Explore the unknown of the Islands and Wetlands of Costa Rica. If you are looking for an adventure and not the kind that you find in a Jurassic park or a city, then you are definitely in the right place. Believe it or not, the Costa Rican islands do not have dinosaurs, but they do have countless other plants and wildlife.
Do not miss these wonderful islands and dare to experience all the enjoyment of these paradisiacal and exotic beauties. In general, when we talk about islands in our country, the first thing we think of is Isla del Coco, Isla Tortuga, San Lucas or Isla Chira. But did you know that our beautiful country has more than 100 islands? Surprising right? And what if we tell you that many of these islands also have great natural treasures and activities to enjoy with your family, friends, partner or even to go on a solo tour.
Calero Island is a continental island of Costa Rica located in the extreme northeast of this country, limited to the north by the Portillos Island, to the west and southwest by the channels of the San Juan River and the Colorado River, to the south by the Caño Bravo del Río Colorado (which separates it from Isla Brava) and to the east by the Caribbean Sea. It has an area of 15,160 hectares (equivalent to 151.6 km²), and administratively it is part of the Colorado district, in the Pococí canton of the Costa Rican province of Limón.
Calero Island is part of three important natural conservation areas: the Barra del Colorado National Wildlife Refuge, the Northeast Caribbean Wetland and the Costa Rica-Nicaragua Border Biological Corridor.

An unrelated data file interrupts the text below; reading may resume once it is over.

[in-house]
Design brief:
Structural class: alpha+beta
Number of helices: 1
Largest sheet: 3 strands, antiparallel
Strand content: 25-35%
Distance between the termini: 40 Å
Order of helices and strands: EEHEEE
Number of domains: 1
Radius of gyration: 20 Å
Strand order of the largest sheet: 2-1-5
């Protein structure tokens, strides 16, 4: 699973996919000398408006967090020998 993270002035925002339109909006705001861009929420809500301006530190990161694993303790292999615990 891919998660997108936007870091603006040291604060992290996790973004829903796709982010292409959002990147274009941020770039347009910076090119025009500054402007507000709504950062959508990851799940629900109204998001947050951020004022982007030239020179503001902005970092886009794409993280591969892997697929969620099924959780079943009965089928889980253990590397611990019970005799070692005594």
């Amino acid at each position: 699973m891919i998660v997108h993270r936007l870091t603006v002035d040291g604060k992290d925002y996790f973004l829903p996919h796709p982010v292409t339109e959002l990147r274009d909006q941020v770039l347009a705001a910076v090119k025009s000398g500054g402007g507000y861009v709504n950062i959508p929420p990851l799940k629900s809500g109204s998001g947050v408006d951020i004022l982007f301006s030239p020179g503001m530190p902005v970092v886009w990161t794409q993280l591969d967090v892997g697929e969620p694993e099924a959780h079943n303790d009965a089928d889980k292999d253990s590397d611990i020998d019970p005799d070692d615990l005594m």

The Barra del Colorado National Wildlife Refuge is the largest natural wildlife refuge in Costa Rica (75,309.8 ha), and stands out, among others, for the presence of several species of animals in danger of extinction such as the Antillean manatee, the tapir, the jaguar, the Gaspar fish, and the green macaw, in addition to the fact that its beaches are the spawning grounds of the three types of sea turtles that inhabit the Atlantic Ocean (leatherback, in danger of extinction, hawksbill and green). It is considered one of the areas of greatest biodiversity in Costa Rica.
The Northeast Caribbean Wetland is an important national and international protected mangrove area, necessary for the preservation of water resources and the feeding and reproduction of 343 species of fish, 136 species of mollusks, 642 species of plants (58 of which are endemic) and large number of species of aquatic and migratory birds. This wetland encompasses the Tortuguero National Park (23,903 hectares), the Barra del Colorado National Wildlife Refuge (40,315.1 hectares) and the Costa Rica-Nicaragua Border Refuge (11,091.7 hectares) and extends both in the marine area and on the mainland. It is also a site protected by the Ramsar Convention on wetlands, ratified by the governments of Costa Rica and Nicaragua in 1991 and 1997.
The Costa Rica – Nicaragua Border Biological Corridor is an extensive natural area 2000 m wide, part of the Mesoamerican Biological Corridor, which extends along the border of the two countries, from Salinas Bay in the Pacific, to the bay from San Juan del Norte on the Atlantic, which naturally connects the Guanacaste Conservation Area, the Tortuguero National Park, the Barra del Colorado National Wildlife Refuge, the Caño Negro National Wildlife Refuge, all in Costa Rica, with the Indio-Maíz Biological Reserve, the Punta Gorda Nature Reserve, the Cerro Silva Nature Reserve, the Inmaculada Concepción de María Fortress Historical Monument and the Río San Juan Wildlife Refuge, in southeastern Nicaragua.
This wide corridor includes, among others, the San Juan riverbed, the Los Guatuzos natural refuge, the Tamborcito, Maquenque and Northeast Caribbean wetlands, the El Jardín and La Cureña forest reserves, and the Calero and Brava Islands.
Located on this island in the Pacific, in the province of Puntarenas, at the upper end of the Gulf of Nicoya, also known as Nancita. It is the largest island and is inhabited by about 3,000 humble people, most of them are fishermen and people who work in the salt flats, where salt is extracted from the sea.